NewsLocal NewsIn Your NeighborhoodGreen Bay


Green Bay PD: New license plate reader cameras intended to battle violent crimes

Screen Shot 2022-07-18 at 11.43.25 PM.png
Posted at 11:59 PM, Jul 18, 2022
and last updated 2022-09-20 14:25:48-04

GREEN BAY, Wis. (NBC 26) — When you're driving, expect there to be cameras in many places, and the Green Bay Police Department has added more to specifically keep an eye on your license plate.

"I feel like the only concern that I would maybe have is if I'm accidentally going a little bit over and I get a ticket in the mail or something," Madelyn Kersten said.

But others say they are not worried about their privacy at all.

"I think they're just trying to catch criminals and protect & serve, which is their job," Eric Giffin said.

"Sounds like it would make the community a little safer," John Landry said.

Green Bay Police Captain Clint Beguhn says the cameras — installed at the beginning of the month as part of a free trial — do not enforce traffic laws, nor do they recognize people.

Instead, he says they're intended to battle violent crimes.

"We've been looking for ways that we could work on that problem," Beguhn said. "Technology is one of those ways."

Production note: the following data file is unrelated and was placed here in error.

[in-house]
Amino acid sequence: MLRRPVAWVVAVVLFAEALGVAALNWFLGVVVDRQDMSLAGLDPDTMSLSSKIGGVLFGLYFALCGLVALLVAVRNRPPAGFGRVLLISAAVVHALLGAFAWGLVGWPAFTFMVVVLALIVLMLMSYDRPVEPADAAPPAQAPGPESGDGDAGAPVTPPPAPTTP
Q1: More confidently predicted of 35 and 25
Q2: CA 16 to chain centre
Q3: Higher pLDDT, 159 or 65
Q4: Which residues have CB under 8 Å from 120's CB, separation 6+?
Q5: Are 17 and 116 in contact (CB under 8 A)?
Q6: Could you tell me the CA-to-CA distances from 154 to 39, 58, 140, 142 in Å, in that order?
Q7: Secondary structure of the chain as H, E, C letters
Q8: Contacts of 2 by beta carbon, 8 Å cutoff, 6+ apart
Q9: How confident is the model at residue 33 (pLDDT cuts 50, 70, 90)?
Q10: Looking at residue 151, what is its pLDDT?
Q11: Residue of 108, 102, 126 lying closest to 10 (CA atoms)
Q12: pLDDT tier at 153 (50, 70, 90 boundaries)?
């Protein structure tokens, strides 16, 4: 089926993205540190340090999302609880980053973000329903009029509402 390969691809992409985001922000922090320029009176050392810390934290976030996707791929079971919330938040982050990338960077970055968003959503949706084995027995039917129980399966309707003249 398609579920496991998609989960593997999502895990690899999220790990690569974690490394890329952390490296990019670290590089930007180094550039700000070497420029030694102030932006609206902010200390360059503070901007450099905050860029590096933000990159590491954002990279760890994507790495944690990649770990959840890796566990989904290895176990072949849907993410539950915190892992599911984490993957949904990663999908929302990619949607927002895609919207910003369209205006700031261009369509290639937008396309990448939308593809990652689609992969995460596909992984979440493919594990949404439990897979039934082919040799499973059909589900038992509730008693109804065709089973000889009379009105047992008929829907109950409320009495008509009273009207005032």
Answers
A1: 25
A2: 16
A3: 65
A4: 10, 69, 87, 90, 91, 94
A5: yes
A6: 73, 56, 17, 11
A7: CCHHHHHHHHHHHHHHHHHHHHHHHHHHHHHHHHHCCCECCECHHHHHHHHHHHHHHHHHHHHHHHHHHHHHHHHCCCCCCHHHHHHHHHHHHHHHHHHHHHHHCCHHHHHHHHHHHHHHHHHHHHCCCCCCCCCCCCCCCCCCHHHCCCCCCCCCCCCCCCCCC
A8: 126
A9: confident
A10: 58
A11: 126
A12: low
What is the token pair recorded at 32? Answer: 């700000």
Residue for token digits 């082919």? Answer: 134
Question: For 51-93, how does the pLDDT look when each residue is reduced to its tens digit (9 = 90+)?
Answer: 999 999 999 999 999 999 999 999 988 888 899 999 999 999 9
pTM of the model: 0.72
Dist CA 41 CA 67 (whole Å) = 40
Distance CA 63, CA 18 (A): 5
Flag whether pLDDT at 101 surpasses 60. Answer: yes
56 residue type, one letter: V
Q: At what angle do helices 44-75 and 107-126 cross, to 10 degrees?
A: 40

Police say there are 28 license plate reader cameras installed on major roadways throughout the city.

Beguhn says pictures are captured on the back license plate, and stored in a database for a month.

He says in some cases, the cameras have paid off.

"The first use of it was on a shooting, when its description of a vehicle that left an area at a specific time," Beguhn said. "We searched for a 15-minute window along the route the truck was traveling."

Beguhn says the camera captured the license plate of the truck, and officers made an arrest within a couple of hours.

Giffin says police do not want someone in trouble.

"They want you to behave," Giffin said. "So I trust this department more than any department I've seen."

Beguhn says most of the routes where the cameras are installed can see up to 20,000 cars a day.

Beguhn says at least 70 law enforcement agencies in Wisconsin are using some form of license plate readers.